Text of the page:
The brain behind the brand makeover was the former President & Head of programming of truTV, Chris Linn.
Linn was newly appointed in 2013 and it was in his leadership the channel took a U-turn. He wanted to position truTV’s shows as less aggressive and less over the top.
Hence, the era of shows like Impractical Jokers began, which still enjoys good viewership. So much so that it has been approved for the tenth season. Linn knew what was essential and good for the WarnerMedia subsidiary (read more).
The change in leadership and subsequent changes in strategy meant the demise of the South Beach Tow. Coupled with the fact, the show also noticed a dip in its viewership, especially after 2nd season.
Previously the figure would be somewhere around 1.5 million views per episode. After the mid-season finale of the 3rd installment, the viewership took a nosedive, and the show could hardly reach 1 million views per episode.
Where Can You Watch South Beach Tow?
If you’re a fan and want to watch it on an OTT platform with your existing subscription plan, you have another thing coming.
Interested parties would have to cough up $1.99 per episode on Amazon Prime Video or AppleTV to enjoy your beloved reality show.
On the bright side, truTV’s YouTube channel has plenty of bite-sized content available for free.
You might not be able to see the meaty business decisions and the feud between the Ashenoff siblings.
But one can surely enjoy Bernice and J Money’s struggles of automobile repossession and the respective owners’ shenanigans.
Some die-hard fans even hope for a new season as truTV never officially cancelled the show and to top it off, it ended on a cliffhanger.
A low IMDb (Internet Movie Database) rating of 3.8 out of 10 instills no confidence in sceptics.
Brandon Magdzinski, a New Jersey resident had appealed to Time Warner Cable, truTV, and even Netflix on change.org to renew the series for the 5th season.
The petition had an extremely underwhelming response. A mere 103 people showed support and signed this petition, which is unfortunately closed now.
Factoring in all the details it is highly unlikely that this docusoap would be renewed at all. With that said, we live in a rather strange time where more stranger and weirder reboots have happened.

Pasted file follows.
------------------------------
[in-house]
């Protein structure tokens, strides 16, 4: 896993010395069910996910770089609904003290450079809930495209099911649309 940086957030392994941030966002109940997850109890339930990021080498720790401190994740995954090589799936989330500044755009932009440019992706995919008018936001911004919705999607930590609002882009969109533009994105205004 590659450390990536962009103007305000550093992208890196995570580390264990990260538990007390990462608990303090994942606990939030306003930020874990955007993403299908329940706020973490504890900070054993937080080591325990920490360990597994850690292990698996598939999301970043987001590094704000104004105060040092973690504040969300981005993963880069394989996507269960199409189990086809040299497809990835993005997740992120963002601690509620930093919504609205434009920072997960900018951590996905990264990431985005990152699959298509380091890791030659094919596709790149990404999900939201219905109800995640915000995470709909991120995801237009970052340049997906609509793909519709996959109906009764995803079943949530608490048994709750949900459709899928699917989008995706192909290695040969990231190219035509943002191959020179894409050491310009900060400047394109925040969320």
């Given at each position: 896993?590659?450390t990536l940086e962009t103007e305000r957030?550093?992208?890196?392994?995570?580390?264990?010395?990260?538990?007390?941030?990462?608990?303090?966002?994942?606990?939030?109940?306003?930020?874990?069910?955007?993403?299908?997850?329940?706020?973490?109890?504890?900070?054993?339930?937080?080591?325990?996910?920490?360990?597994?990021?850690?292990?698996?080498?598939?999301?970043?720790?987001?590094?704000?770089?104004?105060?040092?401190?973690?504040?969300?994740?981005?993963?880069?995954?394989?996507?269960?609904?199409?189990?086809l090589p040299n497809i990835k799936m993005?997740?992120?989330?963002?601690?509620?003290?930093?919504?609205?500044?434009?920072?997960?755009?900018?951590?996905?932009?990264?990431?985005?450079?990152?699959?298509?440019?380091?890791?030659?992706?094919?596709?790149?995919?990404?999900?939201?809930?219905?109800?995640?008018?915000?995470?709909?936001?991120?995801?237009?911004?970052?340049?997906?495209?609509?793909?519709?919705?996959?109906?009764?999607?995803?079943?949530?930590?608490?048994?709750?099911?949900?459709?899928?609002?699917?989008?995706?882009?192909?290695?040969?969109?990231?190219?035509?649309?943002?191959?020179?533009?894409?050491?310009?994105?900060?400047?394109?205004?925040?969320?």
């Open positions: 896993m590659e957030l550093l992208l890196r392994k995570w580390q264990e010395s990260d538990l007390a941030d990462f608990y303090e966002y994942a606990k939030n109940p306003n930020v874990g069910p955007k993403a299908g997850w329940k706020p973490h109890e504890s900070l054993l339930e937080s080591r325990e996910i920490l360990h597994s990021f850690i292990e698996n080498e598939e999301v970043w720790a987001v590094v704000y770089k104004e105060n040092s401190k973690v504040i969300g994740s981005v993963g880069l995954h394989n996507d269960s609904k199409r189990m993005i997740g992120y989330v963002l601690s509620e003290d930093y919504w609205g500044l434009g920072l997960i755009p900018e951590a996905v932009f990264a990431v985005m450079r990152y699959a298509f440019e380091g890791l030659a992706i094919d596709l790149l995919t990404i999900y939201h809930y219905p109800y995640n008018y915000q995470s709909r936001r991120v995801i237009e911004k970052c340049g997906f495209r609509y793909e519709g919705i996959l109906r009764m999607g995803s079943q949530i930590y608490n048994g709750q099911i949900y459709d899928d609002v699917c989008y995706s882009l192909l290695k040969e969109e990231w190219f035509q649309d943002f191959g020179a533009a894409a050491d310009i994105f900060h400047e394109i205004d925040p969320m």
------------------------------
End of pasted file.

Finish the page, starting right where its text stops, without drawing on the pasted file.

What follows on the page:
Perhaps a new petition from someone with a strong social media influence might shake things up. Only time will tell the show’s fate.
Is South Beach Tow Staged?
South Beach on paper claims to be a “day in the life” kind of docuseries. This type of documentary notes & records the day-to-day activities of its subjects (or characters).
Think of Academy Award Winning Documentary Free Solo, where the chronicles of professional rock climber Alex Honnold’s everyday activities were recorded.
But at the end of every episode, a disclaimer would pop up stating “The stories portrayed in this program are based on real events”.
And when a spokesperson was confronted on the matter he said “the show features real people and is based on real situations. Due to production needs, some scenes are reenacted.”
After a point in time, truTV admitted that the show was indeed staged. A lot of news agencies and media outlets started spreading various recordings which made it apparent that the program is staged and scripted.
One of the most prominent videos which went viral featured the characters (more like actors) who were patiently waiting for the supposed car owners to overreact in a loud manner and the truck drivers representing the Towing company took multiple shots to get their reactions right.
Once they outed the well-known secret, the over-the-top events became more comical and outlandish as the show progressed. The program producers used this publicity to their advantage very well.